One concern with the ‘Scenario-ready’ strategy is that giving the multi-asset strategy team freedom could result in binary risk taking. Even in an extreme year as 2020, with a lot of investment activity, there were no extreme shifts in risk allocations on an aggregated level, as illustrated in Figure 1 and 2. This can be attributed to satisficing, not optimising, as the portfolio construction is using a scenario-based framework.

The investment decisions are based upon proprietary calculations, by the scenario team, of risk and return in a range of future possible ‘states of the world’. As referenced earlier, the portfolio construction team is likely to allocate towards ‘states of the world’ that are furthest from the present market view and credibly possible. The team is likely to allocate away from ‘states of the world’ that are discounted already by the market. It is a bit of a contrarian approach, but no ‘state of the world’ will be completely ignored. This leads to minimum risk allocations per asset class as well as a minimum total net risk allocation. In other words, satisficing acts as a natural counterbalance without curtailing investment opportunities.

In Figure 1 the realised risk is shown for each month. The ex-ante maximum limit of total risk was 9% and the minimum limit was 5%. The average risk allocation in Figure 2 hovers around 60%, this demonstrates the degree to which the multiasset team was able to change risk allocation within the guideline parameters for the ‘Scenario-ready’ portfolio.


For a one-year case study, a comparison with the return target of CPI + 4.5% is not applicable since it should be measured over a business cycle,. A more relevant comparison is the performance of diversified growth funds (DGF) in 2020. The underlying investment approach differs across DGFs, where some hold a diversified, but relatively static, allocation to pro-growth assets while others have a more dynamic approach. In Figure 3, the ‘Scenario-ready’ strategy is compared with the average return of 213 popular DGFs with a similar return target.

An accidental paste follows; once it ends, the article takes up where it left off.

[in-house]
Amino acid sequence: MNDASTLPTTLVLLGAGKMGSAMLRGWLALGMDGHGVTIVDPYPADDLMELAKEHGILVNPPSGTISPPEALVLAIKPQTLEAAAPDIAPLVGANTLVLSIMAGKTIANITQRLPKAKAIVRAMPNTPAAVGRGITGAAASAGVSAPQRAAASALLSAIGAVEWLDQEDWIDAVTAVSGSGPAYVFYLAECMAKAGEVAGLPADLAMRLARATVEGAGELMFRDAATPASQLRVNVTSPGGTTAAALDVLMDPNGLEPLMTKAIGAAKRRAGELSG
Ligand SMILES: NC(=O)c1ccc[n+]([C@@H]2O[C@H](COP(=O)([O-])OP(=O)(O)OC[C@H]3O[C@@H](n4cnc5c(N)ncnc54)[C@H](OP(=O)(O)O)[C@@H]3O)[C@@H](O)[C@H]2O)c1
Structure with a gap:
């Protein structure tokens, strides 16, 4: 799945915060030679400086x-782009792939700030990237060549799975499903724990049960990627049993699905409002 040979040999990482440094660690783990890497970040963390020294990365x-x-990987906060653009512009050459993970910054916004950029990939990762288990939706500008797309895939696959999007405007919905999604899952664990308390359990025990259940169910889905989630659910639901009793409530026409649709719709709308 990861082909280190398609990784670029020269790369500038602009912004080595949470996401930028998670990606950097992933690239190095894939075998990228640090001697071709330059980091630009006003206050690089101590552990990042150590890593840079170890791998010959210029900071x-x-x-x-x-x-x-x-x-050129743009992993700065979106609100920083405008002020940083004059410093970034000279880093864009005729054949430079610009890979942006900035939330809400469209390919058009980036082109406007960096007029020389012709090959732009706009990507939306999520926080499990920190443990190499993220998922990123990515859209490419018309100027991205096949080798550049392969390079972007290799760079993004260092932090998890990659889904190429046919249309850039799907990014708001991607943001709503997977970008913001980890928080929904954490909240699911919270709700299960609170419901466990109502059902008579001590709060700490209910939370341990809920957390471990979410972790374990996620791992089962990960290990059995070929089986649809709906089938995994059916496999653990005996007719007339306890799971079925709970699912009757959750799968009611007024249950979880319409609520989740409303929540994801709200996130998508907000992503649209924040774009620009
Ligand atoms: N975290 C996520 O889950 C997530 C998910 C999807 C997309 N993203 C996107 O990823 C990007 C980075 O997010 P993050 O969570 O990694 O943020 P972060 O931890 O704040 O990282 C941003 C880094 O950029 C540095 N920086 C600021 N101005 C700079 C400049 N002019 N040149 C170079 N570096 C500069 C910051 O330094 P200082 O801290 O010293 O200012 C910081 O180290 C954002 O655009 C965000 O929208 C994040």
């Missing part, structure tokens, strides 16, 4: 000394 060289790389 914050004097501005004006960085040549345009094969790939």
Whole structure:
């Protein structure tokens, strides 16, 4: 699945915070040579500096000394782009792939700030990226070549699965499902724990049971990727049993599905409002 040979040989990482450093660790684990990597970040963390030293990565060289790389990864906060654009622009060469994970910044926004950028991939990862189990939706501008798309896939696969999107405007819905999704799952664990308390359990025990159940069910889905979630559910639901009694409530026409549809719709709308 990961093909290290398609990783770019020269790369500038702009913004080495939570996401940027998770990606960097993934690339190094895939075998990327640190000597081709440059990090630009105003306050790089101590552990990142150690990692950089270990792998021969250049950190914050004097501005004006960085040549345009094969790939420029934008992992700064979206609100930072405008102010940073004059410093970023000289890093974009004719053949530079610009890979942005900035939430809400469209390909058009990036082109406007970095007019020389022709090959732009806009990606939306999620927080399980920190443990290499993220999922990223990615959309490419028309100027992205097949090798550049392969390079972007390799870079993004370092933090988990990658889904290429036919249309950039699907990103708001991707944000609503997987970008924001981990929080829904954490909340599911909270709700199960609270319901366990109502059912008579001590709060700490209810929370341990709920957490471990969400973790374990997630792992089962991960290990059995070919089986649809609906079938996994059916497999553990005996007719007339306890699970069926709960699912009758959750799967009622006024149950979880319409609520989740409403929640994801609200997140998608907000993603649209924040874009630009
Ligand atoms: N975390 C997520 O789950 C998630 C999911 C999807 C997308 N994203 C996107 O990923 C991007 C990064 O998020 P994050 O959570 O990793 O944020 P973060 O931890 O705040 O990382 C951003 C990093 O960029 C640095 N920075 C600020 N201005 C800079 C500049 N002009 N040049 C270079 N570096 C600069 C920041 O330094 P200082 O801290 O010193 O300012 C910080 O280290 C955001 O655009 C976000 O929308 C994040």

In terms of realised return, the ‘Scenario-ready’ strategy performed well in comparison with the DGF, which illustrates that it was possible to hold a resilient portfolio without sacrificing investment returns during a very turbulent 2020. From the box plot it is clear that the scenario portfolio was able to withstand the fall in Q1 a good way and participate in the upside in the other quarters, reaching the upper quartile over the full year.

A strategy that satisfices – instead of optimises – will, by definition, not be the best nor worst in terms of outcomes since it is more robust. In turbulent periods, the ‘Scenario-ready’ approach is expected to deliver a more resilient return, reaching a higher risk adjusted return, see Table 1. The Sharpe ratio for the ‘Scenario-ready’ approach was 0.64 while it was 0.42 for the average DGF and 1.13 for the best performing DGF.